For more video including Vice President Biden’s oath, visit my YouTube channel. For more pictures, including insane crowds at Union Station the day before the Inauguration, visit my Flickr page.

10 comments:

Jordan said...

Well I'm glad you had a fun time. I listened to the whole inaugural process from the station (obviously) and I thought Warren's and 44's speeches were quite appropriate.

I have to disagree with the statement that his speech won't be remembered mainly because as I can't go a day without someone pointing this out but he is the first non-white male to take the office of the President of these United States. Also I was listening to an All Things Considered segment stating that Kennedy was the last president to be able to get away with such flowery language in an address. Since then, according to these "experts," the inaugural process has gone too public with the common man for the president to speak other than fairly common diction.

Nathan Empsall said...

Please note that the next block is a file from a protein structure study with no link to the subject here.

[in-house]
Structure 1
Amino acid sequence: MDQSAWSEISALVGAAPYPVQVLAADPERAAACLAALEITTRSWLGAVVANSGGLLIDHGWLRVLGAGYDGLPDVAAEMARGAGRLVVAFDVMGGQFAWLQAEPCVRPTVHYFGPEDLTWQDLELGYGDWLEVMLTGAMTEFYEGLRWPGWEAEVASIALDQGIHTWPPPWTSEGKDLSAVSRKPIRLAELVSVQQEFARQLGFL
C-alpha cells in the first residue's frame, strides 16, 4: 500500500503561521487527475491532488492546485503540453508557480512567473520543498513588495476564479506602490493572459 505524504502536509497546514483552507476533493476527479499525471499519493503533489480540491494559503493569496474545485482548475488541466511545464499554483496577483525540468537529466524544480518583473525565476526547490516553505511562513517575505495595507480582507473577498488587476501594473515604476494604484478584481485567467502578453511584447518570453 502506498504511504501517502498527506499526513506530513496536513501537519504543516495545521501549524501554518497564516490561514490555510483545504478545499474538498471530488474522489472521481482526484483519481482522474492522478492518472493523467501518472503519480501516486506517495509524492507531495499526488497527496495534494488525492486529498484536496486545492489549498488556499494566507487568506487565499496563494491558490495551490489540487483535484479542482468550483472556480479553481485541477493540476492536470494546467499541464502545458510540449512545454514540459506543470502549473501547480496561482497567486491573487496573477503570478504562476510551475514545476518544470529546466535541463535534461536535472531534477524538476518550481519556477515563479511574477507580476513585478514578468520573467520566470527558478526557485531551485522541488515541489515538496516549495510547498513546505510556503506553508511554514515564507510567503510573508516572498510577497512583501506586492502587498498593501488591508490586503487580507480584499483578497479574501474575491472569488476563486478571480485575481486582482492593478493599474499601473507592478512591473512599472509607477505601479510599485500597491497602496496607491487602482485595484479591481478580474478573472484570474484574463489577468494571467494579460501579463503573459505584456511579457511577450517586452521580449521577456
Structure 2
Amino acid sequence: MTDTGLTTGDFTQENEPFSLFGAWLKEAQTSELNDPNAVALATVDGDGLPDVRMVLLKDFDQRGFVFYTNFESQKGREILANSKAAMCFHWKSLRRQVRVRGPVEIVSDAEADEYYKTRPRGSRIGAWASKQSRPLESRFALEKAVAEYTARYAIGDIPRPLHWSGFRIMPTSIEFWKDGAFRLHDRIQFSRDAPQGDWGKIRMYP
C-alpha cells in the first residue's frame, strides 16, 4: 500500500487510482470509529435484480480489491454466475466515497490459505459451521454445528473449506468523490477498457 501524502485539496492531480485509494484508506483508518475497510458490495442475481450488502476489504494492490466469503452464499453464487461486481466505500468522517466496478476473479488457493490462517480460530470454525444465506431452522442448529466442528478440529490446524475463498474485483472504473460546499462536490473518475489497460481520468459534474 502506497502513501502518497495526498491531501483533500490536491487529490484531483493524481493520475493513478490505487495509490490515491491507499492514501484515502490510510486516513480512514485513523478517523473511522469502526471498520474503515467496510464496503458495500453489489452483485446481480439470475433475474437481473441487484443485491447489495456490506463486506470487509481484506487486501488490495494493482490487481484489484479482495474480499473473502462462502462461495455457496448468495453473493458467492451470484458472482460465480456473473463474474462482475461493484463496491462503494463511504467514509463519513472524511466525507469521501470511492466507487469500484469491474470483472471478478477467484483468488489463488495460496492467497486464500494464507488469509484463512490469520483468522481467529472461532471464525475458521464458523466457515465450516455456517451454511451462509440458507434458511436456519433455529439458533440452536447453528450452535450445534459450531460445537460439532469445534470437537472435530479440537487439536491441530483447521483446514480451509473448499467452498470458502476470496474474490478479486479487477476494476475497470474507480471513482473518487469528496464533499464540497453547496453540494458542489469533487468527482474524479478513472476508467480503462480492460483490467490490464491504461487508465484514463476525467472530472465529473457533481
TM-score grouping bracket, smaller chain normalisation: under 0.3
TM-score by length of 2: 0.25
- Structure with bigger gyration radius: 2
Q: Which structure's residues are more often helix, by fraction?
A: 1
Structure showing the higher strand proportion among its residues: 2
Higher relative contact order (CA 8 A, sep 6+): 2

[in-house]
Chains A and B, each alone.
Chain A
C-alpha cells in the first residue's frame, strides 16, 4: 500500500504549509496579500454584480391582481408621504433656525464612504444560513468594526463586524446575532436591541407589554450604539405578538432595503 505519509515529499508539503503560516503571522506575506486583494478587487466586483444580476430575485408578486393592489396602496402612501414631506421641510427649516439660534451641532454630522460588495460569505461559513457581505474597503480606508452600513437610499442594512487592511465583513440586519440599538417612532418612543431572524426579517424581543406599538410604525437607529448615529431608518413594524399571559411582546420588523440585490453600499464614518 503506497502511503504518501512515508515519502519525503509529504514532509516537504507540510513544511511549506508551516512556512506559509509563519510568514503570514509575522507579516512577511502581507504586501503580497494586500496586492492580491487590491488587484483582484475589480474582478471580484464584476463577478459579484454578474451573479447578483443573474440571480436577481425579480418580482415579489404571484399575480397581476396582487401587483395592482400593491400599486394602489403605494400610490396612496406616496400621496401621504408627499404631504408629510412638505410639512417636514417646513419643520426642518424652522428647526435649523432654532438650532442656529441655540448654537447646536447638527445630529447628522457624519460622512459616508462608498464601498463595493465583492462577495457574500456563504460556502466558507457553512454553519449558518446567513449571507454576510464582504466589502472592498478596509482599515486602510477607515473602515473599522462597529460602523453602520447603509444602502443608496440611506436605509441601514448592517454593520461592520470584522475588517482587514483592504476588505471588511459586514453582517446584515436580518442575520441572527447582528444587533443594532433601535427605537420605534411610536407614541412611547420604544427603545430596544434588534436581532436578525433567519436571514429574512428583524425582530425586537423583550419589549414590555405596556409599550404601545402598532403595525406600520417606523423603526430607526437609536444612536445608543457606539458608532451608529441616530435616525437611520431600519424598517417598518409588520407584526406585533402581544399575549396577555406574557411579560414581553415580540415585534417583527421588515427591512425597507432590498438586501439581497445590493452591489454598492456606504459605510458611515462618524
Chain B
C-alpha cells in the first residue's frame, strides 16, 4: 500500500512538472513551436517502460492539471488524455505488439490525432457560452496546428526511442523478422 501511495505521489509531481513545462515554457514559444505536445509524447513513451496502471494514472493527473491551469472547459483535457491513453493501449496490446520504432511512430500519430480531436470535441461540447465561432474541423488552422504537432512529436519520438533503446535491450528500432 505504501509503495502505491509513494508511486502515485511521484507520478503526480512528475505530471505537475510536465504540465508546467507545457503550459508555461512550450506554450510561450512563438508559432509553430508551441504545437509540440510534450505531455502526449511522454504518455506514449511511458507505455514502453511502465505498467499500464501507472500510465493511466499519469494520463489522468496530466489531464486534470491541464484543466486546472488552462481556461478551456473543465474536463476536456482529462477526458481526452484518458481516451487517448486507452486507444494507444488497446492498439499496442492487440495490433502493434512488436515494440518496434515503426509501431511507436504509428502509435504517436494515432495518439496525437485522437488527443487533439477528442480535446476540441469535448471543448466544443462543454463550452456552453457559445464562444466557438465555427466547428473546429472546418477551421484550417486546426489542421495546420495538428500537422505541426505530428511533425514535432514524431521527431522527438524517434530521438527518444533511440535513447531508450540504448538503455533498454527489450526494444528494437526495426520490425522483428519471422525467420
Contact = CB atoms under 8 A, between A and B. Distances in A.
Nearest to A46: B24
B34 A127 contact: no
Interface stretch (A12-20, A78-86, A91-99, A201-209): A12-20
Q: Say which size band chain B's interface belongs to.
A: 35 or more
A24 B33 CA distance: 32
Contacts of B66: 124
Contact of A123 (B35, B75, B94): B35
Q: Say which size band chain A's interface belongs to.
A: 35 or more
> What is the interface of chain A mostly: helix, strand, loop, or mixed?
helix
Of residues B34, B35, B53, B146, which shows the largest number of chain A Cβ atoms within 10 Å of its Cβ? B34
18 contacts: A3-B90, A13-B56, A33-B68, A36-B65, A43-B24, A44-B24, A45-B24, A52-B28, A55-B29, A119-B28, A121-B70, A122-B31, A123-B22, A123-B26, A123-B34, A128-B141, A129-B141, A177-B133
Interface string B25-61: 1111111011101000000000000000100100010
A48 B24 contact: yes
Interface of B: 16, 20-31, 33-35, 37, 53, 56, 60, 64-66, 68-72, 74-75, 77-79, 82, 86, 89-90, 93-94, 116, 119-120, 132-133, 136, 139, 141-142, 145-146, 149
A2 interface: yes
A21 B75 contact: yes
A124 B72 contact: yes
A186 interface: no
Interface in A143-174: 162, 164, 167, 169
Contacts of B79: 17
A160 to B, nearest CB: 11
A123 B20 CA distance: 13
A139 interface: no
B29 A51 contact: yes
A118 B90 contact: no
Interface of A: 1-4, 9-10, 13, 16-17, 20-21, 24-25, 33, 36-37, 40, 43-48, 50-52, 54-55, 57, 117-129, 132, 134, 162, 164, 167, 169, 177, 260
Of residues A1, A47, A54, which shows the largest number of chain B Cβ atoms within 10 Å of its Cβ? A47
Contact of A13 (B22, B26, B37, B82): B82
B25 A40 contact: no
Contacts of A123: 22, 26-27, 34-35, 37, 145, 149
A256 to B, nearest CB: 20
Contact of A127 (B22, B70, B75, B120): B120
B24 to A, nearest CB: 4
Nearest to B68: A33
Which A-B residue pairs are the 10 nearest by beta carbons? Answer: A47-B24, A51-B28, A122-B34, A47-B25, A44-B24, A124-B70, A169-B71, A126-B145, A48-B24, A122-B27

Oh, the speech will definently be remembered, but only for its historical nature, not its eloquence or rhetorical flourish as with Jefferson, FDR's first, Lincoln's second, or Kennedy's.

Funny you'd call Warren's a "speech," it was supposed to be a prayer. :P

Jordan said...

Well he did have the ears of a couple billion people ... and since when can't a prayer also be a speech?

Jordan said...

Also note that all the inaugural examples you've listed have been Kennedy or before-JFK.

Nathan Empsall said...

Of course they have, I wasn't arguing with the ATC analysis. Language has dumbed down over the years. At the same time, though, note how far apart those examples are - Kennedy's was 48 years ago, and the gap from Lincoln to FDR was even longer than that at 68. So it's not exactly like great Inaugural addresses are as common even as great or good presidents. We put more hype on the speech than what is historically accurate. I recommend Larry Sabato's article on the issue.